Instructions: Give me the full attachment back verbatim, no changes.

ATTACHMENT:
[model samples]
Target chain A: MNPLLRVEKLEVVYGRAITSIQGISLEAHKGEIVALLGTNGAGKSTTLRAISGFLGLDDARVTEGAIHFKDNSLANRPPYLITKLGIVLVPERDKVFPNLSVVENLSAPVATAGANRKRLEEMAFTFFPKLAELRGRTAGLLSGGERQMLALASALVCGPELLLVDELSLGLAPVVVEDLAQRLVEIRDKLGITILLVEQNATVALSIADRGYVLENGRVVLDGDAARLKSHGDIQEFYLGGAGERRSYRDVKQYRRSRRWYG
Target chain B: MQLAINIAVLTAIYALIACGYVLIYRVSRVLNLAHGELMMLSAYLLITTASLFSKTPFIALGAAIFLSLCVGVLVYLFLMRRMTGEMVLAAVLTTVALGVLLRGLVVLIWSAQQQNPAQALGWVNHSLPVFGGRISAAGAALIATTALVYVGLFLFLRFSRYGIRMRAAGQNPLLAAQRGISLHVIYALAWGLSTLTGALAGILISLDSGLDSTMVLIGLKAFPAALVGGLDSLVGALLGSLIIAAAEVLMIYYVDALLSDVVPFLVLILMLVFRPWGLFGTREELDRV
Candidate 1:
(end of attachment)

[model samples]
Target chain A: MNPLLRVEKLEVVYGRAITSIQGISLEAHKGEIVALLGTNGAGKSTTLRAISGFLGLDDARVTEGAIHFKDNSLANRPPYLITKLGIVLVPERDKVFPNLSVVENLSAPVATAGANRKRLEEMAFTFFPKLAELRGRTAGLLSGGERQMLALASALVCGPELLLVDELSLGLAPVVVEDLAQRLVEIRDKLGITILLVEQNATVALSIADRGYVLENGRVVLDGDAARLKSHGDIQEFYLGGAGERRSYRDVKQYRRSRRWYG
Target chain B: MQLAINIAVLTAIYALIACGYVLIYRVSRVLNLAHGELMMLSAYLLITTASLFSKTPFIALGAAIFLSLCVGVLVYLFLMRRMTGEMVLAAVLTTVALGVLLRGLVVLIWSAQQQNPAQALGWVNHSLPVFGGRISAAGAALIATTALVYVGLFLFLRFSRYGIRMRAAGQNPLLAAQRGISLHVIYALAWGLSTLTGALAGILISLDSGLDSTMVLIGLKAFPAALVGGLDSLVGALLGSLIIAAAEVLMIYYVDALLSDVVPFLVLILMLVFRPWGLFGTREELDRV
Candidate 1: